Despite Trump’s denunciation of violence following the mayhem inflicted by his followers when they invaded Congress, fears of unrest are high.
Armed National Guards deployed across the capital, and downtown Washington streets were blocked to traffic.
In the Capitol building itself, guards in full camouflage and carrying assault rifles assembled, some of them grabbing naps early on Wednesday under the ornate statues and historical paintings.
Speech to mob
Trump survived a first impeachment almost exactly a year ago when the Republican-controlled Senate acquitted him of abusing his office to try and get dirt on Biden’s family before the election.
This time, his downfall was triggered by a speech he delivered to a crowd on the National Mall on Jan.6, telling them that Biden had stolen the presidential election and that they needed to march on Congress and show “strength.”
Members of the National Guard rest in the Capitol Visitors Centre on Capitol Hill in Washington. AFP
Amped up on weeks of election conspiracy theories pushed by Trump, the mob then stormed into the Capitol, fatally wounded one police officer, wrecked furniture and forced terrified lawmakers to hide, interrupting a ceremony to put the legal stamp on Biden’s victory.
One protester was shot dead, and three other people died of “medical emergencies,” bringing the toll to five.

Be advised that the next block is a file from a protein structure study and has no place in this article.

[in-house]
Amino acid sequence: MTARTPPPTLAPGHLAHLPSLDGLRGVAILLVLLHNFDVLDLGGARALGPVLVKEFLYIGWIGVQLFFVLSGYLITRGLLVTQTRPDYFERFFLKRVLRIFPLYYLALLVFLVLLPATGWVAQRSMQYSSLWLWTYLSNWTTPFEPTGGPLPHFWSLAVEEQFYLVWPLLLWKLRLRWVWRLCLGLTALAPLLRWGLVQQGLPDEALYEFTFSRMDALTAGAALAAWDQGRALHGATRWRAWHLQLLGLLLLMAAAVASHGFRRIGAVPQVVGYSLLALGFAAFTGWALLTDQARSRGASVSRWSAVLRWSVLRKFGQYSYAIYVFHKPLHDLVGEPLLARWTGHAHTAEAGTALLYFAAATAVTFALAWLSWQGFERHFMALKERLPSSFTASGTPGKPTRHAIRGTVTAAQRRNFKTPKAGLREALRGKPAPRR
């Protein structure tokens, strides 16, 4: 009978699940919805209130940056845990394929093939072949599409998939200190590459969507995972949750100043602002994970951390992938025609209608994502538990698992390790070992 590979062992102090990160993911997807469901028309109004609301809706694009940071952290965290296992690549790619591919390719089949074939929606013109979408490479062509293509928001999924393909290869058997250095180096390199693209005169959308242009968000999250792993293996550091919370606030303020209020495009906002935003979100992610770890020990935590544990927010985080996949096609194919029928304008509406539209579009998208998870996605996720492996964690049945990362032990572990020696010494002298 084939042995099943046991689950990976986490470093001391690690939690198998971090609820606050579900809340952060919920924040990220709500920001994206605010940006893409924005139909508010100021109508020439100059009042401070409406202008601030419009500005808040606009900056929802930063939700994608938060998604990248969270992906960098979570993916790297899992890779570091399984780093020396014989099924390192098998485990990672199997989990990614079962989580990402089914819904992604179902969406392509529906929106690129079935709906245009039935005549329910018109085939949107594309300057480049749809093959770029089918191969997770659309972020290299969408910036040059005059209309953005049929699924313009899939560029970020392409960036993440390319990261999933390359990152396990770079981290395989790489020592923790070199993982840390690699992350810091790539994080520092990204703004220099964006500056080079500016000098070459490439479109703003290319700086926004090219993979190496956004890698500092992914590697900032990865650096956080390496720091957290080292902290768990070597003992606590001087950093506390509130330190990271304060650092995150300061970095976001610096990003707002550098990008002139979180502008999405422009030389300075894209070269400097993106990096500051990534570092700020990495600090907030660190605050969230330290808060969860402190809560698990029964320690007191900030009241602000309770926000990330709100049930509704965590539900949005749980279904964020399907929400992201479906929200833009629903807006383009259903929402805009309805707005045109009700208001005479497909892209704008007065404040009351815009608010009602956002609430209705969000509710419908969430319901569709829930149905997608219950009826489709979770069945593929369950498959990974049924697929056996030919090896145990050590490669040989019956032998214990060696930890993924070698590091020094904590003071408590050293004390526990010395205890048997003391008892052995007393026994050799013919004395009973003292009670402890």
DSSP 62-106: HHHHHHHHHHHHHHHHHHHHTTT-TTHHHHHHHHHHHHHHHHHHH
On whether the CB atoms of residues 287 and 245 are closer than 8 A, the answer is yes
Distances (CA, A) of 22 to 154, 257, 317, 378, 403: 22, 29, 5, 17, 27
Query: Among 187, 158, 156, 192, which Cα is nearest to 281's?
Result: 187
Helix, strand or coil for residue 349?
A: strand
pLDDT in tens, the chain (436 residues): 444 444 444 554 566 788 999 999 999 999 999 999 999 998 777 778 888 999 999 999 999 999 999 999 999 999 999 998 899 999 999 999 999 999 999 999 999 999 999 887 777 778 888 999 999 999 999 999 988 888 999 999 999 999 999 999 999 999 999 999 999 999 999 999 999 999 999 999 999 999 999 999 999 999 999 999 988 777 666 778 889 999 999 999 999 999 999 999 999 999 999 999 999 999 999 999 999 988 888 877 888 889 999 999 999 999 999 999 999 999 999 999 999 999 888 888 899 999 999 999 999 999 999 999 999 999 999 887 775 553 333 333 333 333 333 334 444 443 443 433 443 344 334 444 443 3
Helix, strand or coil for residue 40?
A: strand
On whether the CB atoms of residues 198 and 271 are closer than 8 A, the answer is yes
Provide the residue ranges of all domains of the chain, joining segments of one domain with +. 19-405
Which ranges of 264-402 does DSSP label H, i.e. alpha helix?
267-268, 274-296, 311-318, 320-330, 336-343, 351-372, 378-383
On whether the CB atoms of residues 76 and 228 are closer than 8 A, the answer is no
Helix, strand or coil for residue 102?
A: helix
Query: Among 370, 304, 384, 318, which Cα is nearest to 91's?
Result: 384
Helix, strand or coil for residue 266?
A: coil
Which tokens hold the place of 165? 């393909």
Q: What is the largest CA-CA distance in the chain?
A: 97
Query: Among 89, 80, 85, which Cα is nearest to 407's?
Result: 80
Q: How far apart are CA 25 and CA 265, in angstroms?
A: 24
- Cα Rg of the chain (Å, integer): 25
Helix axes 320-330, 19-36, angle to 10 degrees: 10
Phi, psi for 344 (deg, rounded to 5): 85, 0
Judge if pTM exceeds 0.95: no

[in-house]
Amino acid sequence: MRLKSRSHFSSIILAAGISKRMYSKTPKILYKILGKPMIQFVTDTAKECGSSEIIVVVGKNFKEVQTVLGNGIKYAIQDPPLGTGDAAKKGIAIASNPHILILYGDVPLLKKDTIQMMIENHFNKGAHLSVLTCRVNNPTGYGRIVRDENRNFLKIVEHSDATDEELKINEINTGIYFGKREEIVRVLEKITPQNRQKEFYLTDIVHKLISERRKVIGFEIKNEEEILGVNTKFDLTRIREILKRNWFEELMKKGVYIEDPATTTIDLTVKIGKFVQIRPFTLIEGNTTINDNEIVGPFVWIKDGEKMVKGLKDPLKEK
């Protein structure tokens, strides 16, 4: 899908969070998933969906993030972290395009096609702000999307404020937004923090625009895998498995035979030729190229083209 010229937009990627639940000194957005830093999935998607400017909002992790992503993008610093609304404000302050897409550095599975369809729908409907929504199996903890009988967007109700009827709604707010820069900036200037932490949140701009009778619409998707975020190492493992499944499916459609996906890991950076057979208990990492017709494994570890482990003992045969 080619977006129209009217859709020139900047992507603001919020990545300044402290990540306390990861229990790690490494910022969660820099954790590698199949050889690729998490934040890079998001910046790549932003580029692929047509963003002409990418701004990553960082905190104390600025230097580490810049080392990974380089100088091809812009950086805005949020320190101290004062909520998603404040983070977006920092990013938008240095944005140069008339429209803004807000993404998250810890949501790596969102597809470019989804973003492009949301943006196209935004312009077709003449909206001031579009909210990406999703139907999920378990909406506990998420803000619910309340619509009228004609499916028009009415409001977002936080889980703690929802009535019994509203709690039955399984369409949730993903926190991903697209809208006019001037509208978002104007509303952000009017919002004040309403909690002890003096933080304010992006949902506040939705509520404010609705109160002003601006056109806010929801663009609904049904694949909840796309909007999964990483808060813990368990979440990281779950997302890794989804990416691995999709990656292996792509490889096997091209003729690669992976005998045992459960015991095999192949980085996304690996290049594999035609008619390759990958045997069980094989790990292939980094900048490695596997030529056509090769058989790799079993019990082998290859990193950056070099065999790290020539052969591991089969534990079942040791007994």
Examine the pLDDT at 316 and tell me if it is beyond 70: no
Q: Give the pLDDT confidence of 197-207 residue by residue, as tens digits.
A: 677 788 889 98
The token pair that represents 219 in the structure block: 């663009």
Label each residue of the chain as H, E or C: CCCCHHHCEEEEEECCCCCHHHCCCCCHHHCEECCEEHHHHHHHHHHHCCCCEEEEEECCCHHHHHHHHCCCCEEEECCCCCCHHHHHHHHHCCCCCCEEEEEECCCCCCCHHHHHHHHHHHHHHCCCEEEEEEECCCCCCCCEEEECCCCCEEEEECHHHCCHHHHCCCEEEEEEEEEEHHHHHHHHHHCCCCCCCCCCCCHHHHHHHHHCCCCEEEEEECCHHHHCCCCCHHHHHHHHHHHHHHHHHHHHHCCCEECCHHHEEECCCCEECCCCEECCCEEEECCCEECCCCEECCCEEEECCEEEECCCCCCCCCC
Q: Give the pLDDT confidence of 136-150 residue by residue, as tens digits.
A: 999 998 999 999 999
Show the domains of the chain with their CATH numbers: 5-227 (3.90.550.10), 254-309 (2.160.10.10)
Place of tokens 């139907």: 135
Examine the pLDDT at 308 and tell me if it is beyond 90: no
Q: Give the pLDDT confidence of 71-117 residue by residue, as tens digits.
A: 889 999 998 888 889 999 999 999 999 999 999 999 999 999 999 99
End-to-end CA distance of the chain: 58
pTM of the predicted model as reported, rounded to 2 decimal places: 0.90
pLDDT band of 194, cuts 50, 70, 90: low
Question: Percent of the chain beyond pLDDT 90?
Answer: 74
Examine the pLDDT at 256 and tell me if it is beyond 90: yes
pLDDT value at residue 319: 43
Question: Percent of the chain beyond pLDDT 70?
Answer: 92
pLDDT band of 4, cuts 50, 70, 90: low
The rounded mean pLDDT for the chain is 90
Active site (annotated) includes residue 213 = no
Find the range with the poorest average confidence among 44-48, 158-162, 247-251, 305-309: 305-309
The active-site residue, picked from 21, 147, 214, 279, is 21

Pelosi told the chamber before the vote that Trump “must go.” “He is a clear and present danger to the nation that we all love,” she said.
Democratic lawmaker Ilhan Omar branded Trump a “tyrant,” saying that “for us to able to survive as a functioning democracy there has to be accountability.”
But Nancy Mace, a newly-elected Republican congresswoman said that while lawmakers “need to hold the president accountable,” the speed of the impeachment “poses great questions about the constitutionality.”
The top Republican in the House, Minority Leader Kevin McCarthy, said that while Trump deserves censure, hurriedly impeaching will “further divide this nation.”
“I do not believe that such a course of action is in the best interest of our Nation or consistent with our Constitution,” Pence said in a letter released by his office as the House prepared to vote on a non-binding resolution calling on him to utilize the 25th Amendment of the US Constitution.
Four people died during the chaos — one from gunshot wounds and three from medical emergencies — after hundreds of Trump’s supporters stormed the Capitol in a bid to overturn his election defeat to Democrat Joe Biden.
And the inauguration will look different from other presidential inaugurations because of last week’s riot, with extremely tight security around the entire capital region.
It is MoHaP’s “first-of-its-kind centre” with its licensed medical team and allied professionals having so far invented a technique for the standard management of complex wounds.
It was Mount Merapi’s biggest lava flow since authorities raised its danger level in November, said Hanik Humaida, the head of Yogyakarta’s Volcanology and Geological Hazard Mitigation Center.
Gates, a billionaire who stepped down as chairman of Microsoft Corp in 2014, has through his philanthropic Bill and Melinda Gates Foundation committed at least $1.75 billion to the global response to the COVID-19 pandemic. That includes support for some makers of vaccines,